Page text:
Volume 9 (2013)
Volume 8 (2012)
Volume 7 (2011)
Volume 6 (2010)
Volume 5 (2009)
Volume 4 (2008)
Volume 3 (2007)
Volume 2 (2006)
Most Downloaded Articles
- Optimal Warning Strategies: Punishment Ought Not to Be Inflicted Where the Penal Provision Is Not Properly Conveyed by Mungan, Murat C.
- Constitutionalizing Patents: From Venice to Philadelphia by Nard, Craig A. and Morriss, Andrew P
- Measuring Global Money Laundering: "The Walker Gravity Model" by Walker, John and Unger, Brigitte
- Liability versus Regulation for Dangerous Products When Consumers Vary in Their Susceptibility to Harm and May Misperceive Risk by Miceli, Thomas J. and Segerson, Kathleen
- On the Behavioral Economics of Crime by van Winden, Frans A.A.M. and Ash, Elliott
Securities Class Actions: A Helping Hand for Bank Regulators in Trouble?
1Università Bocconi and Milano-Bicocca
2Università Bocconi and Milano-Bicocca
Citation Information: Review of Law & Economics. Volume 7, Issue 1, Pages 214–242, ISSN (Online) 1555-5879, DOI: 10.2202/1555-5879.1459, July 2011
- Published Online:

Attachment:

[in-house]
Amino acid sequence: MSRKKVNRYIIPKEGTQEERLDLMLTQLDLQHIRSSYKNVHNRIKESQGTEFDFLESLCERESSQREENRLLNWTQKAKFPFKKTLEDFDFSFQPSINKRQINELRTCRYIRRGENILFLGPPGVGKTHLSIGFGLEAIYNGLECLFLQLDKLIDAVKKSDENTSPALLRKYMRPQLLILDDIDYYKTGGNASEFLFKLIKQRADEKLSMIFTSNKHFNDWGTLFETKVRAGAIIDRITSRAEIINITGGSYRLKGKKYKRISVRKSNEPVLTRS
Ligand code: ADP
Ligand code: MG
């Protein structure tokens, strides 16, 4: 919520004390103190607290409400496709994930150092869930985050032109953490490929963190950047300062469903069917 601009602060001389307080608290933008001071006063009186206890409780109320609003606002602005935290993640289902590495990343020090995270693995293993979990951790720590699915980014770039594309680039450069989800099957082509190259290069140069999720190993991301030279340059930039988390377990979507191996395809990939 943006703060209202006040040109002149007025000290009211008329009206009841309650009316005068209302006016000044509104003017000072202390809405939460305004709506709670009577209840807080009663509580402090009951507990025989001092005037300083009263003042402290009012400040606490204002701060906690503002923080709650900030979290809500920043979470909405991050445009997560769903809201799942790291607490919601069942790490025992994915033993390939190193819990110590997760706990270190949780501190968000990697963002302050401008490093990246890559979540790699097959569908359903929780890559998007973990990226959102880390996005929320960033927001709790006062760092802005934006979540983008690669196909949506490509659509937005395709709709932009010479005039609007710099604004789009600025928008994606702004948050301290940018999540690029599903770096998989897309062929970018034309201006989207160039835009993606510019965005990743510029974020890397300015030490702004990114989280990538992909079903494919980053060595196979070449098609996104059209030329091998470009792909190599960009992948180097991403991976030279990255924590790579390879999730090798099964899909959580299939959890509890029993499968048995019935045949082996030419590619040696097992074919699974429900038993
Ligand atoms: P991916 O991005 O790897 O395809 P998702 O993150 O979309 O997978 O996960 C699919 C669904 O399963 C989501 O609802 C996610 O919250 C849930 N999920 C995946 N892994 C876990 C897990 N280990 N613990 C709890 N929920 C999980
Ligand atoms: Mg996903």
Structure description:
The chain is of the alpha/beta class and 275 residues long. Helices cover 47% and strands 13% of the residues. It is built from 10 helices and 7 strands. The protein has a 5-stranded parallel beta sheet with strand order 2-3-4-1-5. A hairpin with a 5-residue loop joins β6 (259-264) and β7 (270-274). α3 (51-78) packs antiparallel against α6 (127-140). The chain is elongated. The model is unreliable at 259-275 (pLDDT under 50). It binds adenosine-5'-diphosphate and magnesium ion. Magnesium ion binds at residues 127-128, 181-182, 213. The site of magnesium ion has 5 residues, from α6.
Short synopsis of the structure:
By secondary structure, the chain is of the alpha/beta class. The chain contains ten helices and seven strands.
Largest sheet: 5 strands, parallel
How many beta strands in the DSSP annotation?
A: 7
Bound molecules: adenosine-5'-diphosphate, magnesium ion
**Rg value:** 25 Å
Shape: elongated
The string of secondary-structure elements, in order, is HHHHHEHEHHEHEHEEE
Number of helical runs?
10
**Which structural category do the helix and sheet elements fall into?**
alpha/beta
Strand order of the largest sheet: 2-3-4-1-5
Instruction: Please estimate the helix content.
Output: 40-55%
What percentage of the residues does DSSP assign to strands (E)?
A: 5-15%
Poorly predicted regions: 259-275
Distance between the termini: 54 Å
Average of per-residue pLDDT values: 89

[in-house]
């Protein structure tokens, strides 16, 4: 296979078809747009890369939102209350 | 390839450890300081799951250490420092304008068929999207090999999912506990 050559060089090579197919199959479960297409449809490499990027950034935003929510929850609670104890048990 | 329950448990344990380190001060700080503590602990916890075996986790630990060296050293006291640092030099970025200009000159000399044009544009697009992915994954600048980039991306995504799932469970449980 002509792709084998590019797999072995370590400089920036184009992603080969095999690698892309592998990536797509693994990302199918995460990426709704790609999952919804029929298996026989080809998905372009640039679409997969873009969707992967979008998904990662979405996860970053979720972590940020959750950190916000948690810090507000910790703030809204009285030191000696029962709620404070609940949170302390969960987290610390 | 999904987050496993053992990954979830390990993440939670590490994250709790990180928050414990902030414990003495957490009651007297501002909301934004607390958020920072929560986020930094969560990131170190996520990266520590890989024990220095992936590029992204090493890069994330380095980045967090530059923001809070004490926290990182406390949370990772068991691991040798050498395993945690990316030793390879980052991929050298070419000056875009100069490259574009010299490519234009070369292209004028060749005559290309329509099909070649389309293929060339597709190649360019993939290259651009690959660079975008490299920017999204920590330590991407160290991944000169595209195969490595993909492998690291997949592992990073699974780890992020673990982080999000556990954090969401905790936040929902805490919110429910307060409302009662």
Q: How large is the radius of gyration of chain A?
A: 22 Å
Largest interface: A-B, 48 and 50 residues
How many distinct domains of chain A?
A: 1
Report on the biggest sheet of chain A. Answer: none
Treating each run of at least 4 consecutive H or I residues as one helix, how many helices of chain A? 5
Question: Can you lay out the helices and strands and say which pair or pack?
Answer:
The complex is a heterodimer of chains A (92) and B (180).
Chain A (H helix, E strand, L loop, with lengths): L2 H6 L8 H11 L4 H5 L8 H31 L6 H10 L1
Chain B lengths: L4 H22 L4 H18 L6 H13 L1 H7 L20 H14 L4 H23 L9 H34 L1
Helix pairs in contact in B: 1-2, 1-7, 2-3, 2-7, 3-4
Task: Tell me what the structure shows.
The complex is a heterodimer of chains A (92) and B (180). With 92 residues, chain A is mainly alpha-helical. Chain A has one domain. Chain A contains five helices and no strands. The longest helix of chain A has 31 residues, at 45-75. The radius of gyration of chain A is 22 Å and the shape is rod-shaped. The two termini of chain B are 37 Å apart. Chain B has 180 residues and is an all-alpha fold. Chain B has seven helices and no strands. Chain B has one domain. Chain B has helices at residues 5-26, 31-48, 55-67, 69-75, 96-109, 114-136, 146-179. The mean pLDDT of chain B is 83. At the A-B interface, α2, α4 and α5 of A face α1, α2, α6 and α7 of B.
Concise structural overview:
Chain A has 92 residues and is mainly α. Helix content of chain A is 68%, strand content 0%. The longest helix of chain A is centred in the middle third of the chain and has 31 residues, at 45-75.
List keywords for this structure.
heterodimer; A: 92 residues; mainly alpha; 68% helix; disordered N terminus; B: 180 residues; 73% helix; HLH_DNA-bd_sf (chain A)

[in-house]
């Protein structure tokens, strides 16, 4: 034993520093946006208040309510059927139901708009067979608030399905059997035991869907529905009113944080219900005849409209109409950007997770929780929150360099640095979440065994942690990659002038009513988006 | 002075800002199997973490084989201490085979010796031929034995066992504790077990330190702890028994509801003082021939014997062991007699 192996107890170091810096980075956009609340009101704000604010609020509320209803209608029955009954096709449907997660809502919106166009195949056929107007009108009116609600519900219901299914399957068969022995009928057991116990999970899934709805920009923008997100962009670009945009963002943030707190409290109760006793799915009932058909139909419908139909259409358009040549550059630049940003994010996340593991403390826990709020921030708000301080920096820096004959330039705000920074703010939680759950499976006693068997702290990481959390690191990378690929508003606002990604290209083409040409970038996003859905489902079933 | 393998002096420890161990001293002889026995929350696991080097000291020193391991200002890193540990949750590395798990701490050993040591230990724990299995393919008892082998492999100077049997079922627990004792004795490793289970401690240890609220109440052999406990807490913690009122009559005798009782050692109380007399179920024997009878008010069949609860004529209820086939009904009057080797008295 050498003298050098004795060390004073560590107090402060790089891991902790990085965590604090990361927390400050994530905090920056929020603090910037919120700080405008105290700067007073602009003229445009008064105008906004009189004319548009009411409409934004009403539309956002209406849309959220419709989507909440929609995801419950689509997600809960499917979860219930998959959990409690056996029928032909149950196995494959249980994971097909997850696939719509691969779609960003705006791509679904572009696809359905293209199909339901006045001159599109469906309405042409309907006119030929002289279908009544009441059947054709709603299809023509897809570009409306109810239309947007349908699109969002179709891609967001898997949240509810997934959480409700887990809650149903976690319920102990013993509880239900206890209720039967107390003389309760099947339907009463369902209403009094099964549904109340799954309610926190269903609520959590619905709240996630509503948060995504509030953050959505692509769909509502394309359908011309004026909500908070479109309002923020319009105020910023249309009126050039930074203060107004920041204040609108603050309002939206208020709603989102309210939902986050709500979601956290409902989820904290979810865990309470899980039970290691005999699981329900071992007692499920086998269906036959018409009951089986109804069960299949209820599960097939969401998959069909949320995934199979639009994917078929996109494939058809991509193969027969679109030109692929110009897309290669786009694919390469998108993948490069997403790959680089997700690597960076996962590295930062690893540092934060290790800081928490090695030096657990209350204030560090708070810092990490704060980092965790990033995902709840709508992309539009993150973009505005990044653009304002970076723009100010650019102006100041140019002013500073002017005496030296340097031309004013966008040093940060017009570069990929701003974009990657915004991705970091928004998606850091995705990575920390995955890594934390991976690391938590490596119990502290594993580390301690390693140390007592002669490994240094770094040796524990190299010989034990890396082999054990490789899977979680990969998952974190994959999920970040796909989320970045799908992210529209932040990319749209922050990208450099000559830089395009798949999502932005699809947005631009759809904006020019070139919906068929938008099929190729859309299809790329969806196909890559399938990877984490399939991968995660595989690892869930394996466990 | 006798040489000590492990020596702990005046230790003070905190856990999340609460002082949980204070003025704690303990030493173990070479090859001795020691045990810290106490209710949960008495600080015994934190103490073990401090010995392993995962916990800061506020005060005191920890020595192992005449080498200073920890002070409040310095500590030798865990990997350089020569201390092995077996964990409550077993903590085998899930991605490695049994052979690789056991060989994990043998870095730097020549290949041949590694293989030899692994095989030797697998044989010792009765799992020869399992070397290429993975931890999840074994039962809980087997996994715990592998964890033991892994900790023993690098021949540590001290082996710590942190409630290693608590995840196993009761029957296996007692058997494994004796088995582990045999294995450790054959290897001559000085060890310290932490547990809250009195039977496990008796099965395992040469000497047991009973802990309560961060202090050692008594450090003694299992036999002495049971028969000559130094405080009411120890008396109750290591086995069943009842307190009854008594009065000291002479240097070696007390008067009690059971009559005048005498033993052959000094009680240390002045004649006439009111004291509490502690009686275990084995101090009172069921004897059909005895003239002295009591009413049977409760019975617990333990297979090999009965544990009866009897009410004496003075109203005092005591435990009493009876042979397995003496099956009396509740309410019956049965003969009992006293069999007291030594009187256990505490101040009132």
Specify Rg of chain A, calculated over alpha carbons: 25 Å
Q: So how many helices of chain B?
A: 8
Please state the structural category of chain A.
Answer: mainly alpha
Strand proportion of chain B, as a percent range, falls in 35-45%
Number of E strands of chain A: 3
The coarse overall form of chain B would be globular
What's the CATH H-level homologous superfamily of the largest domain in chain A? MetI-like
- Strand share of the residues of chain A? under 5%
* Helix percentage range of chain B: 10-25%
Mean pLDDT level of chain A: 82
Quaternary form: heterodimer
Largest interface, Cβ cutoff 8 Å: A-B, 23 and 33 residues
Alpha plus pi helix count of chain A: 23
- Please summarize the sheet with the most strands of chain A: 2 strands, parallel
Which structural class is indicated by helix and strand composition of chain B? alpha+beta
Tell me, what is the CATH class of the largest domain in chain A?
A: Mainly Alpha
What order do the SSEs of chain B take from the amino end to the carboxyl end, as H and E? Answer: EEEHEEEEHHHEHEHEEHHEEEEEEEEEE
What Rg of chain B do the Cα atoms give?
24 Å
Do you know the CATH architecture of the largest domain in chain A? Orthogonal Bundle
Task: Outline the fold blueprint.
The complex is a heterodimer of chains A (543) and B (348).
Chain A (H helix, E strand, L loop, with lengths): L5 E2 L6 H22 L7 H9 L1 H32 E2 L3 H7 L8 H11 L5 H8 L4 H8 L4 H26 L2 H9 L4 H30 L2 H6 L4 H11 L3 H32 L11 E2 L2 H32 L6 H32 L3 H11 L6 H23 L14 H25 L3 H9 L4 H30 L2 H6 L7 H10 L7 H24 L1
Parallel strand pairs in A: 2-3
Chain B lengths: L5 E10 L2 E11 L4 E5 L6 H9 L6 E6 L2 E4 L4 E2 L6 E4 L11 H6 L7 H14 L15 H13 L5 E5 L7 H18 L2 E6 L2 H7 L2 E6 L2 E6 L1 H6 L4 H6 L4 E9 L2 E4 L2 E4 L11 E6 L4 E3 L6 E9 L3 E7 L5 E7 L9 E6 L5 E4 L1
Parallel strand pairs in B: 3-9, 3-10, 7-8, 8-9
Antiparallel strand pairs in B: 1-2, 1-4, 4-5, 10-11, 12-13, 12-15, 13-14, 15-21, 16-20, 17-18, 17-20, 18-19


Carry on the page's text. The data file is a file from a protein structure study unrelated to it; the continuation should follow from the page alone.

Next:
By comparing the behavior of those US banks which faced Securities Class Actions (SCAs) in the 2000-2008 period with a control group of non-sued banks, we investigate the regulatory effects of this collective litigation procedure. The paper improves upon previous research by accounting for the endogenous nature of SCAs with respect to bank performance. This issue is addressed using an instrumental variable related to court severity. Two-Stage Least Squares estimates provide evidence that SCAs can stimulate more cautious attitudes towards risk, prompting the accumulation of reserves and recapitalization. We also find they are likely to enhance bank efficiency. However, our results also suggest that SCAs significantly increase dividend payouts while inducing a contraction of bank assets. SCAs are also likely to represent a warning signal of insolvency, as it emerges from the higher probability of being sued in case of high incidence of non-performing loans. We add an extension to the main analysis considering the probability of bank failures as a function of SCA occurrence. Results indicate that the latter is not likely to accelerate the former.